Constrained Layout Guide

How to use constrained-layout to fit plots within your figure cleanly.

constrained_layout automatically adjusts subplots and decorations like legends and colorbars so that they fit in the figure window while still preserving, as best they can, the logical layout requested by the user.

constrained_layout is similar to tight_layout, but uses a constraint solver to determine the size of axes that allows them to fit.

constrained_layout needs to be activated before any axes are added to a figure. Two ways of doing so are

Those are described in detail throughout the following sections.

Warning

Currently Constrained Layout is experimental. The behaviour and API are subject to change, or the whole functionality may be removed without a deprecation period. If you require your plots to be absolutely reproducible, get the Axes positions after running Constrained Layout and use ax.set_position() in your code with constrained_layout=False.

Simple Example

In Matplotlib, the location of axes (including subplots) are specified in normalized figure coordinates. It can happen that your axis labels or titles (or sometimes even ticklabels) go outside the figure area, and are thus clipped.

import matplotlib.pyplot as plt
import matplotlib.colors as mcolors
import matplotlib.gridspec as gridspec
import numpy as np

plt.rcParams['savefig.facecolor'] = "0.8"
plt.rcParams['figure.figsize'] = 4.5, 4.
plt.rcParams['figure.max_open_warning'] = 50


def example_plot(ax, fontsize=12, hide_labels=False):
    ax.plot([1, 2])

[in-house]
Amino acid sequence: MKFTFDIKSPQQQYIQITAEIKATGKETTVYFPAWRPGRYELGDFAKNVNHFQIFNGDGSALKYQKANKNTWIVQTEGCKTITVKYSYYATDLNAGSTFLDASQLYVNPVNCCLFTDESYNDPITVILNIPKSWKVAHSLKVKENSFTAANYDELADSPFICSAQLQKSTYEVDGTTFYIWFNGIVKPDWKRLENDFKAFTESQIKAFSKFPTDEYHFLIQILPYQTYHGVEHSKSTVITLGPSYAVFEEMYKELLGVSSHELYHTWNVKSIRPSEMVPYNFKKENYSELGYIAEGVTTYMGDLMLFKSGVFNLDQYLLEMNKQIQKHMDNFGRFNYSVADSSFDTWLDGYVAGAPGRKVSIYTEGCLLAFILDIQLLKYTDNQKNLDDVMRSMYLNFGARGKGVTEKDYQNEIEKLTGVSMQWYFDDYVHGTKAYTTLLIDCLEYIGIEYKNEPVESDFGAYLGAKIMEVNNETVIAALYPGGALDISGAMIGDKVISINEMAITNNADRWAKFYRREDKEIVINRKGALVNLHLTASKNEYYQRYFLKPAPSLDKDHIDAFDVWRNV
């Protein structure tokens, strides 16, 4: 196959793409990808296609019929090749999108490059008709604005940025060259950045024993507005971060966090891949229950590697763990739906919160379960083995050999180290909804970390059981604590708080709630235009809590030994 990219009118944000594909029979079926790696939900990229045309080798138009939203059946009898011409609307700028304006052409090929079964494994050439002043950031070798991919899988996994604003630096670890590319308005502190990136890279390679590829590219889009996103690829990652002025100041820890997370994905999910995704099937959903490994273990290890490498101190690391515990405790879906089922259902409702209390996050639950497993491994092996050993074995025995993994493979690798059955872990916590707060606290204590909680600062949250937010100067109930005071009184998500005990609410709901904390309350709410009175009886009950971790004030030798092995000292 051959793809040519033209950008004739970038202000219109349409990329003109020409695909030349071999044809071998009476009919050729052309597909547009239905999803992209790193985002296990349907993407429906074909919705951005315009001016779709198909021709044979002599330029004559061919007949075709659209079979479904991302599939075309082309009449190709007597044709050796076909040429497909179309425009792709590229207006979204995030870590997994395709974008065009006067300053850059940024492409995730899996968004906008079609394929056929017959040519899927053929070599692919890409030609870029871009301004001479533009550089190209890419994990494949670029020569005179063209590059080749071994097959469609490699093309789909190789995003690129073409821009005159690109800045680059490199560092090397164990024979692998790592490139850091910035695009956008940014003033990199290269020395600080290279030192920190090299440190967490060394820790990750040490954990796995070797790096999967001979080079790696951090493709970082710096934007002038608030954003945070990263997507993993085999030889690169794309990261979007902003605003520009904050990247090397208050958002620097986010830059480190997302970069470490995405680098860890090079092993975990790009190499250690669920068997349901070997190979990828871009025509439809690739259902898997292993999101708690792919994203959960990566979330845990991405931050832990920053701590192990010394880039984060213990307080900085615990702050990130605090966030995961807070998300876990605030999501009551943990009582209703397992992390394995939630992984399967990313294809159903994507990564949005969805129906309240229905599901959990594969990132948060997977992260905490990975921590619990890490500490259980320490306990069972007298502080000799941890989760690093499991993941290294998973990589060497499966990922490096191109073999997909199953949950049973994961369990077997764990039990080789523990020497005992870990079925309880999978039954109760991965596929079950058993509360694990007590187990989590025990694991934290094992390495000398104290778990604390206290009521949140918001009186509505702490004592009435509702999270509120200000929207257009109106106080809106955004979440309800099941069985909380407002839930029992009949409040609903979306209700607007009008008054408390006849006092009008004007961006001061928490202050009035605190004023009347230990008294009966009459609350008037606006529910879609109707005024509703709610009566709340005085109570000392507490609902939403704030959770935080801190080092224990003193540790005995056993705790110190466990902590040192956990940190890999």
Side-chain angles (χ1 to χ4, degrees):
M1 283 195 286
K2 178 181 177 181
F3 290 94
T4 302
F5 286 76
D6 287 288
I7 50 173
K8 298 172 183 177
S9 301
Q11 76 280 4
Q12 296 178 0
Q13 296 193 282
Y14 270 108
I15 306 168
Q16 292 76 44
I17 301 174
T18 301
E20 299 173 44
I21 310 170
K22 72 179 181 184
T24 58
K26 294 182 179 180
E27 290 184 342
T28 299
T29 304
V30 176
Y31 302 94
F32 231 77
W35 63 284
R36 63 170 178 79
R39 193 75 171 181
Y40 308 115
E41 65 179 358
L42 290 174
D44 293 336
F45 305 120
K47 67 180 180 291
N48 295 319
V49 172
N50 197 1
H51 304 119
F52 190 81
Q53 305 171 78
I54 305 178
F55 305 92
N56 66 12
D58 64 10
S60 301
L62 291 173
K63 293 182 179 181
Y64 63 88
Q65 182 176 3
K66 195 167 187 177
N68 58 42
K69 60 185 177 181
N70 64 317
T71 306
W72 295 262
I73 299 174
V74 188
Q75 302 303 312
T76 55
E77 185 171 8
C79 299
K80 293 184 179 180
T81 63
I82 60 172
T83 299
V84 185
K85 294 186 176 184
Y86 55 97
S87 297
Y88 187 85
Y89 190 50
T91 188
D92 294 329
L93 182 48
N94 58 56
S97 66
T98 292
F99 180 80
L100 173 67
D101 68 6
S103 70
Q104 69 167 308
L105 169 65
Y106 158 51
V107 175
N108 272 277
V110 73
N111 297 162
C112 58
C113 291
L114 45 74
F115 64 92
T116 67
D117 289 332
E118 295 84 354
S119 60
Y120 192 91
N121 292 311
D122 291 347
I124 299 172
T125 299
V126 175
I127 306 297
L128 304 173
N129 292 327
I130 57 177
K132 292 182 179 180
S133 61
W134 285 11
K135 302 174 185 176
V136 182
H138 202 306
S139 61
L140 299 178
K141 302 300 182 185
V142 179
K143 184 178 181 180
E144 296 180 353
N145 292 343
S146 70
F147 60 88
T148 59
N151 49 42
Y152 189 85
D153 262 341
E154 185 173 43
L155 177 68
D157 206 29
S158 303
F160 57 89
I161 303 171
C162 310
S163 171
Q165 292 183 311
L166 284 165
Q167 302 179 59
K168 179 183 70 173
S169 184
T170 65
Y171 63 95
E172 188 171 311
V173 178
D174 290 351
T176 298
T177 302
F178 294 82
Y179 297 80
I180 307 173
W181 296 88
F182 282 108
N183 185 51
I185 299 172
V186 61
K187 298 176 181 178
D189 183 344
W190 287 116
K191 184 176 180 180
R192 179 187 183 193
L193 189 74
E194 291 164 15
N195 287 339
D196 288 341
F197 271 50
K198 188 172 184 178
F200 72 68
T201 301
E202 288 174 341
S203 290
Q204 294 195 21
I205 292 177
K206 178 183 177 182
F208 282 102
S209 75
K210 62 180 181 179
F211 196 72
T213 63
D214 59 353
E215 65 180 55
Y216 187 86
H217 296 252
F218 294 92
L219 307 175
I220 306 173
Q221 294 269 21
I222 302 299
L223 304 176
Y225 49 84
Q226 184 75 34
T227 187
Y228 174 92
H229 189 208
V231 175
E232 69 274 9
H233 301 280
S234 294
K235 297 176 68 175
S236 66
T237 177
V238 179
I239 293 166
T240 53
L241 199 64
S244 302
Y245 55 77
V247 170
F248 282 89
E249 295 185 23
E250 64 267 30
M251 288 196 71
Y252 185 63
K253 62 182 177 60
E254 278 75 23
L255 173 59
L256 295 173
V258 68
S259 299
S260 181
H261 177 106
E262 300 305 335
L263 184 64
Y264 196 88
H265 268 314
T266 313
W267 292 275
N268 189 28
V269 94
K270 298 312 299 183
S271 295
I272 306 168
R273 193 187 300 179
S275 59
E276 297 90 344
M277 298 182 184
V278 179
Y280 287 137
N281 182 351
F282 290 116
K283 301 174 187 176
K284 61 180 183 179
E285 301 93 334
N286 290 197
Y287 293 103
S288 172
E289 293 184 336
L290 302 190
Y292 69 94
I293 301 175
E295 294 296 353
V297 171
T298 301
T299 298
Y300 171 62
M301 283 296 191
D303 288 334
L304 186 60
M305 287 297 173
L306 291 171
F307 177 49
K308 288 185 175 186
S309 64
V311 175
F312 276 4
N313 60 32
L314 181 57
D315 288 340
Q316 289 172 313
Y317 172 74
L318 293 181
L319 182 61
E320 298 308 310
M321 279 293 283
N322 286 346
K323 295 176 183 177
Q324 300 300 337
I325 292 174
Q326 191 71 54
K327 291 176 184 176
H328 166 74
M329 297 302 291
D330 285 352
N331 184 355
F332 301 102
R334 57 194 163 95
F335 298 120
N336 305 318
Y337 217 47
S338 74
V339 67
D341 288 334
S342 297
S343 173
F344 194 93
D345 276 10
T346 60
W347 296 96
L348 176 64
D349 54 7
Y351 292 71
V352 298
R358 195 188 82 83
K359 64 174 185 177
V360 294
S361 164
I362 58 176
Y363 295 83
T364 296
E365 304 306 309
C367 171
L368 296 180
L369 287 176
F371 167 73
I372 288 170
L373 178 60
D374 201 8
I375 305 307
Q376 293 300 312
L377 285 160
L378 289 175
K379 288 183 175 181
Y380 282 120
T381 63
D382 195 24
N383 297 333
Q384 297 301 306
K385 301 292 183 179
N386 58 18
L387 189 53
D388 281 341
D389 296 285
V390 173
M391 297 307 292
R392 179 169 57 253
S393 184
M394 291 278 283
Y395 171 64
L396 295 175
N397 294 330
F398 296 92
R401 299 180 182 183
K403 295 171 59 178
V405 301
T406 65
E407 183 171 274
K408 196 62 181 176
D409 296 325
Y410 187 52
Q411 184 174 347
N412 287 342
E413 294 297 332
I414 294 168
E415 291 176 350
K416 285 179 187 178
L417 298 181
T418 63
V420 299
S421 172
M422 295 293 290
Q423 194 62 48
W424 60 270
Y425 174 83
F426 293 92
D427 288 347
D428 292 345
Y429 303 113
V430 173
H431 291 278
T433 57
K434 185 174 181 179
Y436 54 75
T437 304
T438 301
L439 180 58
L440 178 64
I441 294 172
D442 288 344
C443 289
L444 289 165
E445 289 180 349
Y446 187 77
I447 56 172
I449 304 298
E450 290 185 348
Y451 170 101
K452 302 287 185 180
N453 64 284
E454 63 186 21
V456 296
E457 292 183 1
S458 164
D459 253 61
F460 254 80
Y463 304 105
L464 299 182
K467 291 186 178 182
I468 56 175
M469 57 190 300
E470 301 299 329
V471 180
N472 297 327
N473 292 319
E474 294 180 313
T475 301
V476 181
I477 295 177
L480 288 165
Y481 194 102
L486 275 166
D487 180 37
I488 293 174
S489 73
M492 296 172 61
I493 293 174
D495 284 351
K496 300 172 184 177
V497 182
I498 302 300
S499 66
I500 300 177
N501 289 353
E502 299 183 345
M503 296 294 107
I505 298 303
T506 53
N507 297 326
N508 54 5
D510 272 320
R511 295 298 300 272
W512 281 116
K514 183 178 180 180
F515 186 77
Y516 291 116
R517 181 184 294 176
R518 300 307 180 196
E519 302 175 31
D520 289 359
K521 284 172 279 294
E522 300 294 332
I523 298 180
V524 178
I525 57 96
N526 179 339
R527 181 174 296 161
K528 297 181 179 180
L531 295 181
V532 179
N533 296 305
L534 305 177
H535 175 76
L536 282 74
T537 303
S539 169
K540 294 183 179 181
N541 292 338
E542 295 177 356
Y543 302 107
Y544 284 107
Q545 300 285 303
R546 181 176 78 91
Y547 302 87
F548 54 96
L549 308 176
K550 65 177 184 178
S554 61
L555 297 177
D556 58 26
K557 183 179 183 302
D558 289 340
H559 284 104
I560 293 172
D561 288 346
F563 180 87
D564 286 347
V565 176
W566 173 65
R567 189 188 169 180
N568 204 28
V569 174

ax.locator_params(nbins=3)
    if hide_labels:
        ax.set_xticklabels([])
        ax.set_yticklabels([])
    else:
        ax.set_xlabel('x-label', fontsize=fontsize)
        ax.set_ylabel('y-label', fontsize=fontsize)
        ax.set_title('Title', fontsize=fontsize)


fig, ax = plt.subplots(constrained_layout=False)
example_plot(ax, fontsize=24)
Title

To prevent this, the location of axes needs to be adjusted. For subplots, this can be done by adjusting the subplot params (Move the edge of an axes to make room for tick labels). However, specifying your figure with the constrained_layout=True kwarg will do the adjusting automatically.

fig, ax = plt.subplots(constrained_layout=True)
example_plot(ax, fontsize=24)
Title

When you have multiple subplots, often you see labels of different axes overlapping each other.

fig, axs = plt.subplots(2, 2, constrained_layout=False)
for ax in axs.flat:
    example_plot(ax)
Title, Title, Title, Title

Specifying constrained_layout=True in the call to plt.subplots causes the layout to be properly constrained.

fig, axs = plt.subplots(2, 2, constrained_layout=True)
for ax in axs.flat:
    example_plot(ax)
Title, Title, Title, Title

Colorbars

If you create a colorbar with Figure.colorbar, you need to make room for it. constrained_layout does this automatically. Note that if you specify use_gridspec=True it will be ignored because this option is made for improving the layout via tight_layout.

Note